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- Navigating Tough Choices in Government Cloud Computing
- The New Generation of Database
- Satellite Communications: Acquiring SATCOM in Tight Times
- Targeting Advanced Threats: Proven Methods from Detection through Remediation
- Transformative Technology: Desktop Virtualization in Government
- The Truth About IT Opex and Software Defined Networking
- Value of Health IT
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Shows & Panels
Search Tags: NARA
WFED's Max Cacas reports.
NARA launched Web 2.0 tools, asking for the public's help with writing its Open Government Plan. The agency's chief digital access strategist discusses the suprising response they got.
NARA finds the Federal Government does not consistently manage its records and information - particularly its electronic records - well enough to meet business needs, protect rights or assure accountability, and ensure the continued preservation and access of permanently valuable records. Laurence Brewer is the Director of the Life Cycle Management Division at NARA explains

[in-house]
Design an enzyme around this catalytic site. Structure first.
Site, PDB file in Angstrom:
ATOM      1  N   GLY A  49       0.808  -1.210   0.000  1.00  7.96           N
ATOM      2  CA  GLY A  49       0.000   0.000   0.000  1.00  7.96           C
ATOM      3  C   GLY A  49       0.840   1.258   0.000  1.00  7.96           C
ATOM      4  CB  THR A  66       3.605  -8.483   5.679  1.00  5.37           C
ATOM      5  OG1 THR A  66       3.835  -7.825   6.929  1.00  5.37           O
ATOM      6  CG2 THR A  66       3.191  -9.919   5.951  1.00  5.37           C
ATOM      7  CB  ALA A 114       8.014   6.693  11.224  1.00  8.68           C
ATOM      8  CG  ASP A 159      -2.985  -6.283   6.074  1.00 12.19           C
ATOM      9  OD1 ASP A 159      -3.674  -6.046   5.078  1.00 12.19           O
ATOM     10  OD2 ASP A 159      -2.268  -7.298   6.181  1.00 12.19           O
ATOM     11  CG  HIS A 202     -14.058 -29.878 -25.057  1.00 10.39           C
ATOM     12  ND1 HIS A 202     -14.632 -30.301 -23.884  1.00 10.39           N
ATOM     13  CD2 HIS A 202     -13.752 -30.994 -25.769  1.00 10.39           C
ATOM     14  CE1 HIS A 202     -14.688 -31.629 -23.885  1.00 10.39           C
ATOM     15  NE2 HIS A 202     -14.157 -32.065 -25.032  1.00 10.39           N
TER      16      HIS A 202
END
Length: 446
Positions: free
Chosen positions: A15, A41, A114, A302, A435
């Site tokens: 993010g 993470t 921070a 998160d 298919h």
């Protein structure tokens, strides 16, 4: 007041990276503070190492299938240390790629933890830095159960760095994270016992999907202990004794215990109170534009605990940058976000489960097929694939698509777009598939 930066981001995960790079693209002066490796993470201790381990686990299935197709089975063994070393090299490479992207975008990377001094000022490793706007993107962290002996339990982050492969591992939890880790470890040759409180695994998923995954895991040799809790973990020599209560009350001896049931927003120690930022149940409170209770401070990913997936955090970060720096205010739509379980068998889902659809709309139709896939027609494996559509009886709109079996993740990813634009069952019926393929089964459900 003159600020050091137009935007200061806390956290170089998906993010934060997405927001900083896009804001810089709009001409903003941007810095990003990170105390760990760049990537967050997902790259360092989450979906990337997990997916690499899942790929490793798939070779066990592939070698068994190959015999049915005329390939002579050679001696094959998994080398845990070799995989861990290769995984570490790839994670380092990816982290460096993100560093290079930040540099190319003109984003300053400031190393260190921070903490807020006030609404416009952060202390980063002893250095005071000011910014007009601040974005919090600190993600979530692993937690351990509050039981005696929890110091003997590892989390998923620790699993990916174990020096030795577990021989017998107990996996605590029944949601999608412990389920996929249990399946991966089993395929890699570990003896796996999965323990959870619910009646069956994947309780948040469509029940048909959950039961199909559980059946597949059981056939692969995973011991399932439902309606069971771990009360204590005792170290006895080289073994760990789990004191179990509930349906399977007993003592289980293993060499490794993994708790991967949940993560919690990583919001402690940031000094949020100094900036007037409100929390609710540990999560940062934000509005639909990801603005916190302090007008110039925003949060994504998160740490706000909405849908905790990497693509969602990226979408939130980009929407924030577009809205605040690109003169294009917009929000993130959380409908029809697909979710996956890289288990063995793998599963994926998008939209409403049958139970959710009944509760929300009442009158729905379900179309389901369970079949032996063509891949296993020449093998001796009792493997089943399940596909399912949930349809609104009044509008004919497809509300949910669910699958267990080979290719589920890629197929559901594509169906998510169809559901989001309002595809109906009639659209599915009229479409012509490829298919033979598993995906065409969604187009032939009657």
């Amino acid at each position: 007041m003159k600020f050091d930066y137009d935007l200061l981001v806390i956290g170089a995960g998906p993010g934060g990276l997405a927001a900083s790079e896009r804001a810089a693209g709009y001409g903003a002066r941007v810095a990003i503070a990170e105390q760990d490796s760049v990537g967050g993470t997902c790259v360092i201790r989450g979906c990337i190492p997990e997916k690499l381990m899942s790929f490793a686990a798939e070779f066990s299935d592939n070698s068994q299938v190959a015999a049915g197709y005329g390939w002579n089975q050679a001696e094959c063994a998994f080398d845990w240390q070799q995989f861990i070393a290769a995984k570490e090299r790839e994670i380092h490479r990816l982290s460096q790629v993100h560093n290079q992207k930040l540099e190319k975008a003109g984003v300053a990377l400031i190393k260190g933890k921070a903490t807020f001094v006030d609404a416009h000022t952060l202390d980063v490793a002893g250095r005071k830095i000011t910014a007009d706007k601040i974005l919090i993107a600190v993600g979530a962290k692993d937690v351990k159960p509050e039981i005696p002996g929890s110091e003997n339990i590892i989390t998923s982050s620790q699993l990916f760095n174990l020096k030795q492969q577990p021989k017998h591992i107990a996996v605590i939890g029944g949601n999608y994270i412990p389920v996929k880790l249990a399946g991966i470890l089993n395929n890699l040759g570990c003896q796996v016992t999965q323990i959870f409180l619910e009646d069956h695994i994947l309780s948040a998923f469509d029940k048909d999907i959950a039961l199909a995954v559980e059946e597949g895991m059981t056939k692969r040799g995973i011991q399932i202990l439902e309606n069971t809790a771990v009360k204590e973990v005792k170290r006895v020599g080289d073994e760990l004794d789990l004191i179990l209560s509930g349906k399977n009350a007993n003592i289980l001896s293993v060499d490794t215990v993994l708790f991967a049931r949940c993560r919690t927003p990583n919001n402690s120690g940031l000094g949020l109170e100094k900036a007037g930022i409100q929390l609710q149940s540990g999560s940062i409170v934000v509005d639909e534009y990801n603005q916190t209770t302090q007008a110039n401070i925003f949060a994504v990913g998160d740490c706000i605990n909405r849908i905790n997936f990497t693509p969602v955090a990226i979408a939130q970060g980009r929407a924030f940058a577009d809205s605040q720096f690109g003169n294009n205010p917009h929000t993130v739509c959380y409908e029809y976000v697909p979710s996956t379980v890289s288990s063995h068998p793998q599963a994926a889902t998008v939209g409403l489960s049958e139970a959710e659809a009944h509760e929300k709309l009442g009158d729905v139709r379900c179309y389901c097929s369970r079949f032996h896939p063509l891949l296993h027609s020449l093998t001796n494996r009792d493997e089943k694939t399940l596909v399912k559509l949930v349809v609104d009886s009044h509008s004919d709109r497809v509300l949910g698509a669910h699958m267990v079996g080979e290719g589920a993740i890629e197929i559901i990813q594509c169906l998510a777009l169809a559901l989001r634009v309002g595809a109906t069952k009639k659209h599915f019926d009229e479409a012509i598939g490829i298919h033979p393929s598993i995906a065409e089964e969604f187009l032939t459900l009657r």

NARA's new report to the President finds that fewer individuals are receiving classification authority. The document also says a majority of the information that is classified likely will stay secret for 10 years or less.
Federal Register notice details new ownership and cost structure for current and former feds.
How to preserve the past to serve the future? The Archivist of the United States explains.
The new National Declassification Center is charged with streamlining declassification processes, facilitating quality assurance measures, and implementing standard training for declassification reviewers.
We hear from the head of the new Office of Government Information Services that agency managers will be relying on as they work to meet the Openness directive.
Prints of more than 1,200 historical and contemporary photographs, World War I and II posters, drawings and sketches, maps, and ship plans are now available for purchase online. These striking images have been painstakingly reproduced on archival paper from digital files housed at the National Archives.
President Obama has called for transparency and collaboration. But can "Government 2.0" technologies build a new kind of participatory democracy?